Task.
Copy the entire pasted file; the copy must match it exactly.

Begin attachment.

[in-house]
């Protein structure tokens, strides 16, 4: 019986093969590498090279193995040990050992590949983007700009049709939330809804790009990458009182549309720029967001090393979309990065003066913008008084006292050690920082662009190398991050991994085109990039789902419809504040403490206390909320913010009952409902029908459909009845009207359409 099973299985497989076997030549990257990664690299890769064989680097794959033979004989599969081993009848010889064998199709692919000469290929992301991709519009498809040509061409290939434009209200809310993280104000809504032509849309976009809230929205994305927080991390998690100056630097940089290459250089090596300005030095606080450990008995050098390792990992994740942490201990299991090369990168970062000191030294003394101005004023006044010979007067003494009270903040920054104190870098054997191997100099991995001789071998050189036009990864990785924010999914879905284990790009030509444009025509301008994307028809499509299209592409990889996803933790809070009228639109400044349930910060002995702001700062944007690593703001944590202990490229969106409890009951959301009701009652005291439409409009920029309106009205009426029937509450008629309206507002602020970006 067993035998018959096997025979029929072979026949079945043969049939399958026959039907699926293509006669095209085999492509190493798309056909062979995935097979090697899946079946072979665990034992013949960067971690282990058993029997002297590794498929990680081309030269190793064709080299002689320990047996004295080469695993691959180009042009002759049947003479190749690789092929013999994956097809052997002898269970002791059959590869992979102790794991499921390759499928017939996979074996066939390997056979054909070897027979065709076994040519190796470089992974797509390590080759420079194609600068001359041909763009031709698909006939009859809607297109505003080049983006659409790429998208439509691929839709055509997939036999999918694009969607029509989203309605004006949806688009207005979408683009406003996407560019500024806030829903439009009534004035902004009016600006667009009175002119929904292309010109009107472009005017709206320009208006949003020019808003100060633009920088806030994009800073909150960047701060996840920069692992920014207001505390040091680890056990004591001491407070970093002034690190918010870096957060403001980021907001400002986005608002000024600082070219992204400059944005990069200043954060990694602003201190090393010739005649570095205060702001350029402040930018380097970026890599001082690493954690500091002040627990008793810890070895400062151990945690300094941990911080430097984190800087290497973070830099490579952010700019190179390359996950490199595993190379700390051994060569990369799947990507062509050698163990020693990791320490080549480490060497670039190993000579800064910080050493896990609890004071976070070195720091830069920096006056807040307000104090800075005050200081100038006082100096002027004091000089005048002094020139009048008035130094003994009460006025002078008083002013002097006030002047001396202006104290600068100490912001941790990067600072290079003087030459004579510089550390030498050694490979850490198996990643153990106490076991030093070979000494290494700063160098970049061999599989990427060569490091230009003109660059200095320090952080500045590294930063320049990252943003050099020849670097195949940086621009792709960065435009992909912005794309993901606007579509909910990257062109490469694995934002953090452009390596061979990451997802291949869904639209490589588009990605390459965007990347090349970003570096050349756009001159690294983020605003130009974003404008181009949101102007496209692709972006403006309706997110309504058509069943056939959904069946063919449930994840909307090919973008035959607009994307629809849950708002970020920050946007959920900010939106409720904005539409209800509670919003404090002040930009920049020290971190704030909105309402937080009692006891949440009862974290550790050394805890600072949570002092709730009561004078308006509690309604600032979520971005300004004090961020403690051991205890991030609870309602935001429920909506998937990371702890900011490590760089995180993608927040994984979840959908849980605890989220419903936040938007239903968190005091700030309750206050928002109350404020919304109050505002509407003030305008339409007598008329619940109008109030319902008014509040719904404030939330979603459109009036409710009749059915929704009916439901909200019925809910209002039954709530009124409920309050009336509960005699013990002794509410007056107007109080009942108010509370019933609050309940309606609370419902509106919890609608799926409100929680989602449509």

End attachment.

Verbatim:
[in-house]
């Protein structure tokens, strides 16, 4: 019986093969590498090279193995040990050992590949983007700009049709939330809804790009990458009182549309720029967001090393979309990065003066913008008084006292050690920082662009190398991050991994085109990039789902419809504040403490206390909320913010009952409902029908459909009845009207359409 099973299985497989076997030549990257990664690299890769064989680097794959033979004989599969081993009848010889064998199709692919000469290929992301991709519009498809040509061409290939434009209200809310993280104000809504032509849309976009809230929205994305927080991390998690100056630097940089290459250089090596300005030095606080450990008995050098390792990992994740942490201990299991090369990168970062000191030294003394101005004023006044010979007067003494009270903040920054104190870098054997191997100099991995001789071998050189036009990864990785924010999914879905284990790009030509444009025509301008994307028809499509299209592409990889996803933790809070009228639109400044349930910060002995702001700062944007690593703001944590202990490229969106409890009951959301009701009652005291439409409009920029309106009205009426029937509450008629309206507002602020970006 067993035998018959096997025979029929072979026949079945043969049939399958026959039907699926293509006669095209085999492509190493798309056909062979995935097979090697899946079946072979665990034992013949960067971690282990058993029997002297590794498929990680081309030269190793064709080299002689320990047996004295080469695993691959180009042009002759049947003479190749690789092929013999994956097809052997002898269970002791059959590869992979102790794991499921390759499928017939996979074996066939390997056979054909070897027979065709076994040519190796470089992974797509390590080759420079194609600068001359041909763009031709698909006939009859809607297109505003080049983006659409790429998208439509691929839709055509997939036999999918694009969607029509989203309605004006949806688009207005979408683009406003996407560019500024806030829903439009009534004035902004009016600006667009009175002119929904292309010109009107472009005017709206320009208006949003020019808003100060633009920088806030994009800073909150960047701060996840920069692992920014207001505390040091680890056990004591001491407070970093002034690190918010870096957060403001980021907001400002986005608002000024600082070219992204400059944005990069200043954060990694602003201190090393010739005649570095205060702001350029402040930018380097970026890599001082690493954690500091002040627990008793810890070895400062151990945690300094941990911080430097984190800087290497973070830099490579952010700019190179390359996950490199595993190379700390051994060569990369799947990507062509050698163990020693990791320490080549480490060497670039190993000579800064910080050493896990609890004071976070070195720091830069920096006056807040307000104090800075005050200081100038006082100096002027004091000089005048002094020139009048008035130094003994009460006025002078008083002013002097006030002047001396202006104290600068100490912001941790990067600072290079003087030459004579510089550390030498050694490979850490198996990643153990106490076991030093070979000494290494700063160098970049061999599989990427060569490091230009003109660059200095320090952080500045590294930063320049990252943003050099020849670097195949940086621009792709960065435009992909912005794309993901606007579509909910990257062109490469694995934002953090452009390596061979990451997802291949869904639209490589588009990605390459965007990347090349970003570096050349756009001159690294983020605003130009974003404008181009949101102007496209692709972006403006309706997110309504058509069943056939959904069946063919449930994840909307090919973008035959607009994307629809849950708002970020920050946007959920900010939106409720904005539409209800509670919003404090002040930009920049020290971190704030909105309402937080009692006891949440009862974290550790050394805890600072949570002092709730009561004078308006509690309604600032979520971005300004004090961020403690051991205890991030609870309602935001429920909506998937990371702890900011490590760089995180993608927040994984979840959908849980605890989220419903936040938007239903968190005091700030309750206050928002109350404020919304109050505002509407003030305008339409007598008329619940109008109030319902008014509040719904404030939330979603459109009036409710009749059915929704009916439901909200019925809910209002039954709530009124409920309050009336509960005699013990002794509410007056107007109080009942108010509370019933609050309940309606609370419902509106919890609608799926409100929680989602449509």